‘I thought I’m in Sydney and AGL headquarters is not far away. Why don’t I go and speak to them, though at that stage I wasn’t very good at public speaking or marshalling all the facts. I put out the word to see if anyone would come with me and a young girl and four adults turned up the next morning. If it had been better organised we’d have never got in to see the AGL executives let alone let it be filmed! There was a man from the Wilderness Society who had a video camera and he filmed 25 minutes of us talking to John Ross, the AGL hydrologist. On the tape he made so many assertions that were totally outrageous like – there’s more salt in rainfall than there is the produced water – he obviously thought he could pull the wool over our eyes. He was clearly used to trying to bluff people and obviously dismissed us as country bumpkins.’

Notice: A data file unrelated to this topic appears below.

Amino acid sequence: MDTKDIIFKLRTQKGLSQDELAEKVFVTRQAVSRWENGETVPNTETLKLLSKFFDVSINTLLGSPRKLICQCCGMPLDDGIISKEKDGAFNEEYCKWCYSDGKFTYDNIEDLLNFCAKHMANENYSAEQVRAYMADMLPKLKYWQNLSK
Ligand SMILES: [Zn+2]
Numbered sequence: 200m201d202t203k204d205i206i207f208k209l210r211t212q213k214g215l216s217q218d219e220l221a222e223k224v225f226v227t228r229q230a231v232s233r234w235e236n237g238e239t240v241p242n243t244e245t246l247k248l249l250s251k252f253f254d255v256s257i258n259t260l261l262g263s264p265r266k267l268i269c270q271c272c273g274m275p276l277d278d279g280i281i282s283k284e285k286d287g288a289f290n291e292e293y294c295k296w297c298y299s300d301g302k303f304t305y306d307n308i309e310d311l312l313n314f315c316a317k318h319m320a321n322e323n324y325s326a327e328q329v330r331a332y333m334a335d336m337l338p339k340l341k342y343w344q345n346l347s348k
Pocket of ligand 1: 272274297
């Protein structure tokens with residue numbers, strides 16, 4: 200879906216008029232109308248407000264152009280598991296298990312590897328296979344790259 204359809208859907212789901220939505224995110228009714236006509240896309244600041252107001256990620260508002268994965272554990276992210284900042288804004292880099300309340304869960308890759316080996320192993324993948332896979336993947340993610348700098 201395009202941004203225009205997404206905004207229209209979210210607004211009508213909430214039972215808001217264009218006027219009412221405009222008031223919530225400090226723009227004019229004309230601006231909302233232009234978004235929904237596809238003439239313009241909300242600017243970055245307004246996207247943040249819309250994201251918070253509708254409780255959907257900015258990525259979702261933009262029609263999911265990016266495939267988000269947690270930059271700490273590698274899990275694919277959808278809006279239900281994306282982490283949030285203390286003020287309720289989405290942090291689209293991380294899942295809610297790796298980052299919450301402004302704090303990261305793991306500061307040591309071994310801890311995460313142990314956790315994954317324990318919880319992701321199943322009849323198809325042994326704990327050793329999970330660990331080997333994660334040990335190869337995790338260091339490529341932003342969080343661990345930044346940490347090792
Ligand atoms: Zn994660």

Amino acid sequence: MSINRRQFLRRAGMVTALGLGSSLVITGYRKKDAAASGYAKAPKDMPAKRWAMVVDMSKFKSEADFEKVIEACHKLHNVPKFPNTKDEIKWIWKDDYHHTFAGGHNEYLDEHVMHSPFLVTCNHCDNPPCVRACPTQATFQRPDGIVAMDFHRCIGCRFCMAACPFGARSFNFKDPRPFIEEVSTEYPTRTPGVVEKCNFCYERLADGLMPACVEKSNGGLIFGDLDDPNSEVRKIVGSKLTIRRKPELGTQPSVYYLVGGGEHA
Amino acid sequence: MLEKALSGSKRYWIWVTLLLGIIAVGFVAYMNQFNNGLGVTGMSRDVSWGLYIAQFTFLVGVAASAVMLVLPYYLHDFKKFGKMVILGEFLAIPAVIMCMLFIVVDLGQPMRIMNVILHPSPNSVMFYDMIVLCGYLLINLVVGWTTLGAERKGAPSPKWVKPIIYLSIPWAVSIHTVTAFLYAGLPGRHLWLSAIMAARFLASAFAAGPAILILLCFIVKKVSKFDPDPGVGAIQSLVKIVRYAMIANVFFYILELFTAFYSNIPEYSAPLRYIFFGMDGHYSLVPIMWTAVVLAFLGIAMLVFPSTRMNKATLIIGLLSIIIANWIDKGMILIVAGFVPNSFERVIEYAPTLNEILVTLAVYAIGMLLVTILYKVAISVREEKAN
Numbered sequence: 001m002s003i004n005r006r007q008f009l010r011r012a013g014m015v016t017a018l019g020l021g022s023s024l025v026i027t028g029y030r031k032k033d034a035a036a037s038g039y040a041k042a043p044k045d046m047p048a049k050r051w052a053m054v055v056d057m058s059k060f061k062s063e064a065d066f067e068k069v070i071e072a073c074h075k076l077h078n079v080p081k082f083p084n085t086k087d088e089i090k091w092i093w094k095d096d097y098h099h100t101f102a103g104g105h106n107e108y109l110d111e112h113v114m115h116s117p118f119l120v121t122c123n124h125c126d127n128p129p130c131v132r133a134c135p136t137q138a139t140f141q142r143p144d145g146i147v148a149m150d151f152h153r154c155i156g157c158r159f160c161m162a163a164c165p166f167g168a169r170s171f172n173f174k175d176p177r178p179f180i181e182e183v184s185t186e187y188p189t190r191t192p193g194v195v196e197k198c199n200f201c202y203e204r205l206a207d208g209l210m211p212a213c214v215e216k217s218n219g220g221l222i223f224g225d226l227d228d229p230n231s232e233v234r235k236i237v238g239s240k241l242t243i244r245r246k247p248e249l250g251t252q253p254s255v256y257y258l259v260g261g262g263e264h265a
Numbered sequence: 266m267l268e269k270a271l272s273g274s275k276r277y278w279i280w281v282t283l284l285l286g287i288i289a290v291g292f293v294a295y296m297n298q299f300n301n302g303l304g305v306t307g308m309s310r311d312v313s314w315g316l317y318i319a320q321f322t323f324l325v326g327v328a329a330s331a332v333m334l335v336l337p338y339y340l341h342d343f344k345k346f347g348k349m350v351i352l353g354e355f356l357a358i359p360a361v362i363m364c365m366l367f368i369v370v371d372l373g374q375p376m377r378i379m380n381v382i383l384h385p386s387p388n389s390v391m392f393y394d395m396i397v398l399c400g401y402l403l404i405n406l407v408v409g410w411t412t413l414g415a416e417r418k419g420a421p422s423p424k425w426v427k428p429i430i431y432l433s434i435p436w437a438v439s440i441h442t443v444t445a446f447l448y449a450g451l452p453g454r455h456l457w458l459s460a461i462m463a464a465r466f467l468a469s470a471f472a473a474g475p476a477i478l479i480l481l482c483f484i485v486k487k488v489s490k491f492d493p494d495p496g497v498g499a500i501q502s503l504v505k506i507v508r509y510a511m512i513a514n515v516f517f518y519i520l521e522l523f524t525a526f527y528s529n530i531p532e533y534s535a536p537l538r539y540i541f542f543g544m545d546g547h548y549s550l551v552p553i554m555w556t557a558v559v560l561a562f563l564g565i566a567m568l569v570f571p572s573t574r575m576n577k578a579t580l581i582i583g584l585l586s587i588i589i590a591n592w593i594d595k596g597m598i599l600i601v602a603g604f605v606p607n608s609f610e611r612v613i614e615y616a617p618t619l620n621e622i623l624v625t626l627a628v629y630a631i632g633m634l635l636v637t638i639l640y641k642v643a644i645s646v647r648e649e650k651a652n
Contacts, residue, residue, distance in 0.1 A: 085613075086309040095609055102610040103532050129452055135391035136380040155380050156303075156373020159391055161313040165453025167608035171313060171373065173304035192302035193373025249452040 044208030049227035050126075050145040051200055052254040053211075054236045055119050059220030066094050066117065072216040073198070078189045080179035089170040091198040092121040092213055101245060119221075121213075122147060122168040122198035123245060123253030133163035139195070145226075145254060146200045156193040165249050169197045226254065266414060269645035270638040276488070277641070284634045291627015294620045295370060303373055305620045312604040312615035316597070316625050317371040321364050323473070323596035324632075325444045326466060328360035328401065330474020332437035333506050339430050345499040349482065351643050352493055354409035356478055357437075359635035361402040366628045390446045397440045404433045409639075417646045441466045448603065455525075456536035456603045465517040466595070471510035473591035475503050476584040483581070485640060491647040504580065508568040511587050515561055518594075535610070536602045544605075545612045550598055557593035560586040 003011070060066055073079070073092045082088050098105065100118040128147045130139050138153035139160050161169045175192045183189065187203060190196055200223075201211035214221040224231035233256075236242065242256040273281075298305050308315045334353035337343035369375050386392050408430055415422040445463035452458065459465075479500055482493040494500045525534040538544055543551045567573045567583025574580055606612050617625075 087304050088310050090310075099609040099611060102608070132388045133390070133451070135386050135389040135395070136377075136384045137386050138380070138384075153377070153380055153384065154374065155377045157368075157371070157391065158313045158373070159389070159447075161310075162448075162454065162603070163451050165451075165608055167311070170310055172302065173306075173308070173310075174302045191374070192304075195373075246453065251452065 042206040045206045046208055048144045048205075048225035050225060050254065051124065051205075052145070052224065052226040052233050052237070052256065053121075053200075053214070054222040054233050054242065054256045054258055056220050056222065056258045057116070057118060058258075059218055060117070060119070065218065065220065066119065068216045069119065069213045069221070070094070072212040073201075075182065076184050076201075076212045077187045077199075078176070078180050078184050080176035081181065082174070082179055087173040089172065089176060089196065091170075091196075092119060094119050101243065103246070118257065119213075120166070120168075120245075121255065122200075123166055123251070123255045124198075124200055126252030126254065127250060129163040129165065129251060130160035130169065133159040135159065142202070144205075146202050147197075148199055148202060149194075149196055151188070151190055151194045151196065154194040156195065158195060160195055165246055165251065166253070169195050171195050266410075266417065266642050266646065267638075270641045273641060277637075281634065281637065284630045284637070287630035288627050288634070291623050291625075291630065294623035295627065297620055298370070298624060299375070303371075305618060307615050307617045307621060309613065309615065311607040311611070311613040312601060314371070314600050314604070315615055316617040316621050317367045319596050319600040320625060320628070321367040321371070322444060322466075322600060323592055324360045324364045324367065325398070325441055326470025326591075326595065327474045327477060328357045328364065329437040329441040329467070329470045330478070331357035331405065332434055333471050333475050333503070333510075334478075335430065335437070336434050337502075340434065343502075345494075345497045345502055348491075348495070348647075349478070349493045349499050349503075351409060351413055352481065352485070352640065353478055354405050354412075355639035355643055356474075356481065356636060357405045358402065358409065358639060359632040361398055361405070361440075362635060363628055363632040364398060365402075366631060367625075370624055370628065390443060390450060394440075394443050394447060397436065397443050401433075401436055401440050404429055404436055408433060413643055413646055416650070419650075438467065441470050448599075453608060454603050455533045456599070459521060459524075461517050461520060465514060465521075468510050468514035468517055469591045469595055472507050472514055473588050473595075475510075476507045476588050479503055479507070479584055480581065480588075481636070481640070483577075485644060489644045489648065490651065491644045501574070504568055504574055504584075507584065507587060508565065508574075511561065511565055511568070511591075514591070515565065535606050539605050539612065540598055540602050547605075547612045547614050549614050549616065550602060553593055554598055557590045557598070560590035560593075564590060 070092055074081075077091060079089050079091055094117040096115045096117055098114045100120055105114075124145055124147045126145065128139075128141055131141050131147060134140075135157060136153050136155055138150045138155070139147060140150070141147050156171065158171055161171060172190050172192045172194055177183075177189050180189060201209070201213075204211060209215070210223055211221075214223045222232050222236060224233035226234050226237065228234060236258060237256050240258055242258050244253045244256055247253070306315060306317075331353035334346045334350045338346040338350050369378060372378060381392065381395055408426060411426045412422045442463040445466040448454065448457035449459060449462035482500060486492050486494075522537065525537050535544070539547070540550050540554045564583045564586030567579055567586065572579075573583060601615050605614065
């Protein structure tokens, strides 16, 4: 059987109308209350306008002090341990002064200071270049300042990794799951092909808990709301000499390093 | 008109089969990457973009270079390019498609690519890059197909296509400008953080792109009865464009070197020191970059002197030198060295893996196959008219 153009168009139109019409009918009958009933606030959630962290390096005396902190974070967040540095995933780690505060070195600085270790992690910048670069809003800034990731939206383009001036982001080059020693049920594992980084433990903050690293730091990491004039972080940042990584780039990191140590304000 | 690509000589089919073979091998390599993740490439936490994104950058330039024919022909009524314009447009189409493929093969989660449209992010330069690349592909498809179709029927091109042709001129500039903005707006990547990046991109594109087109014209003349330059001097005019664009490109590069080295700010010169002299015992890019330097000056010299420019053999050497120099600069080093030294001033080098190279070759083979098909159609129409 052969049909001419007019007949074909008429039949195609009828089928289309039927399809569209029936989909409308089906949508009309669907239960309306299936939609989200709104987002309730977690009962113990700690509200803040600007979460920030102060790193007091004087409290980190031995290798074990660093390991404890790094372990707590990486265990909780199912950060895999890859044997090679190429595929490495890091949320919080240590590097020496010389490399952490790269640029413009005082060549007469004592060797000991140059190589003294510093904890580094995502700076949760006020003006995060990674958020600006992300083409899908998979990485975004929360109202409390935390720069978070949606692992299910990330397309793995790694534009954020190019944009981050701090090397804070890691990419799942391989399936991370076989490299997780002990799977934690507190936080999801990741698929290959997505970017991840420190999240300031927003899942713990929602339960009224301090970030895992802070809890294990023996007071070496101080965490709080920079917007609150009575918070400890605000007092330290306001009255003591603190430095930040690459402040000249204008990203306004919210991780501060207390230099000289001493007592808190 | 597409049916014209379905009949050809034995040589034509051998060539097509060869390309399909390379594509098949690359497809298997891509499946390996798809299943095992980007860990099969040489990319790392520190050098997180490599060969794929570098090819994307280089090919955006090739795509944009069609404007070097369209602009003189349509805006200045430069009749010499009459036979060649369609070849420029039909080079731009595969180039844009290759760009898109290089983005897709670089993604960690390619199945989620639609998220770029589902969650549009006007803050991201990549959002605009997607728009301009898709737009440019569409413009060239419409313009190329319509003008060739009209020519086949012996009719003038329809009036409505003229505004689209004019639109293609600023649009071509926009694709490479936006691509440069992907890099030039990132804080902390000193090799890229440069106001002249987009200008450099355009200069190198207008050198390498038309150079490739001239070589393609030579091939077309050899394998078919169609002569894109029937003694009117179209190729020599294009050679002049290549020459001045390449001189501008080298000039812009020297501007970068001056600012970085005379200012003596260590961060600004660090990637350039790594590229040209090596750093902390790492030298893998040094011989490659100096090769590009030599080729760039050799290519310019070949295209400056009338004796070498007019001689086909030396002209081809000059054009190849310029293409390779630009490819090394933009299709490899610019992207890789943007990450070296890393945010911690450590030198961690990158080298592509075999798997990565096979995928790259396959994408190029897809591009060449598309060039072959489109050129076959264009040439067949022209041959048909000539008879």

The video went up on YouTube with devastating effect for AGL, and while more people joined Jennifer no one has ever got through the AGL portals or door-stopped any executives since a housewife and single mum stubbornly sat in their reception politely asking to speak to someone about the future of their water and the planet.
Jennifer walked away from that meeting and decided to set up a protest outside AGL HQ in Sydney which has continued ever since. Her campaign was picked up by the Get Up advocacy group with her quote –
“I am absolutely furious that you people (AGL) are trying to do this to a small community… if I can’t see my little girl swimming in that river being safe … you will never hear the end of it. I will stop you, I don’t care if it takes me my whole life.”
Jennifer agrees there is generally a disproportionate number of women at CSG protests and on picket lines whether in or out of the home, as women can see that this industry is attacking the core elements their children need to survive.